Technically speaking, FFRF was challenging the order on the grounds that it violated both the Establishment Clause and the Due Process Clause of the Constitution. They also said Trump acted “in excess of presidential authority under Article II of the Constitution.”
I should mention that the ACLU was prepared to sue Trump over the executive order as well, but they eventually backed out, saying that the executive order was nothing more than an “elaborate photo-op with no discernible policy outcome.” Because it didn’t change the law, there was nothing to sue over. But FFRF was saying the threat of change, and the way Trump went about selectively deciding which groups the law would and wouldn’t apply to, was problematic enough.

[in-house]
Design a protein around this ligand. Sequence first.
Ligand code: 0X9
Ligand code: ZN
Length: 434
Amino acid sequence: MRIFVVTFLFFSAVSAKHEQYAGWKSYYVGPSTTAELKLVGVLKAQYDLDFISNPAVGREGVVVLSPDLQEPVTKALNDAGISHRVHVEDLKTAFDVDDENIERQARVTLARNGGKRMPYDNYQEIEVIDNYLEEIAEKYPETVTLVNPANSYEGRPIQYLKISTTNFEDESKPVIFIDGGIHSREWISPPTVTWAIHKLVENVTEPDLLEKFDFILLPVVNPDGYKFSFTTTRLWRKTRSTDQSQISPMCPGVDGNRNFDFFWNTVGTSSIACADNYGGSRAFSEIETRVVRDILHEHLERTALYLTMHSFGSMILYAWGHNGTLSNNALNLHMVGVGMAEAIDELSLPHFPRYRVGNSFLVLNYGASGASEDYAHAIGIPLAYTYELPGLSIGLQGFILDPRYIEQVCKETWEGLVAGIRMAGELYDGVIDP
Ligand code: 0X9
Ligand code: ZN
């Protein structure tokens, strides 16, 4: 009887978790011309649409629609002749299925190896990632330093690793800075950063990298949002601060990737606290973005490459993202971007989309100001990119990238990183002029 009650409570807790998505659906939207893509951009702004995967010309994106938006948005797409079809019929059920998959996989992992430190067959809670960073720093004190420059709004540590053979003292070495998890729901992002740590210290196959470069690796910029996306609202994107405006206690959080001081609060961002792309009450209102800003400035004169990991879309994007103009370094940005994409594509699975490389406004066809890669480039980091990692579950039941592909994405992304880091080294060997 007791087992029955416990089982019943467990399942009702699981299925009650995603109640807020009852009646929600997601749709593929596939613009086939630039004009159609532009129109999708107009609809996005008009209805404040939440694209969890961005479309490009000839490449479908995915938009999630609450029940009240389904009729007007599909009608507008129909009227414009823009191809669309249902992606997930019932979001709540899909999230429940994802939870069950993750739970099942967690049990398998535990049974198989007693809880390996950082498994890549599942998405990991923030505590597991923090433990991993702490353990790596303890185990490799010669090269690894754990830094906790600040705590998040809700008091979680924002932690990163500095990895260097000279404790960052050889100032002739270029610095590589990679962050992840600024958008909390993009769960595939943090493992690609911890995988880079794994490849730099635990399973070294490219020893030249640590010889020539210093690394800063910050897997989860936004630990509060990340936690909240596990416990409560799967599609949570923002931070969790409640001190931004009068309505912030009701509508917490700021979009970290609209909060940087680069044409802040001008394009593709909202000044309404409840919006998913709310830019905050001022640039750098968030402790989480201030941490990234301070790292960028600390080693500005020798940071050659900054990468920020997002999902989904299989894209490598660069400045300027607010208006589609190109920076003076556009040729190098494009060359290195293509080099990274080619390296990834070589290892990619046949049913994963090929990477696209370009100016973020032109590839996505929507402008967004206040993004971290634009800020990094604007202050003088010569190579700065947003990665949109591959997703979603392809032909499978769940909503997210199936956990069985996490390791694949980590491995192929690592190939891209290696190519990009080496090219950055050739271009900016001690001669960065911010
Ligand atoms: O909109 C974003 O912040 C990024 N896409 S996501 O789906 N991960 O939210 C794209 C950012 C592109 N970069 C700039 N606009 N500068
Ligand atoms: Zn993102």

In court filings, the Justice Department said the executive order does not alter existing law and called the group’s claims baseless.
Trump’s order “merely directs that the government not take adverse action against religious organizations that it would not take against other organizations in the enforcement of the restrictions,” the Justice Department wrote.
It’s somewhat entertaining to see the Justice Department say Trump’s executive order doesn’t do anything since Trump’s entire speech that day was all about how this would finally give pastors the freedom they desired. But the bigger point is that the government believes FFRF has no business bringing forth this lawsuit:
The allegations in the complaint provide no reason to believe that the Executive Order will be implemented in a way that treats the plaintiffs unfavorably or causes them any harm. Consequently, the plaintiffs cannot establish an “actual or imminent” injury as required by Article III of the Constitution.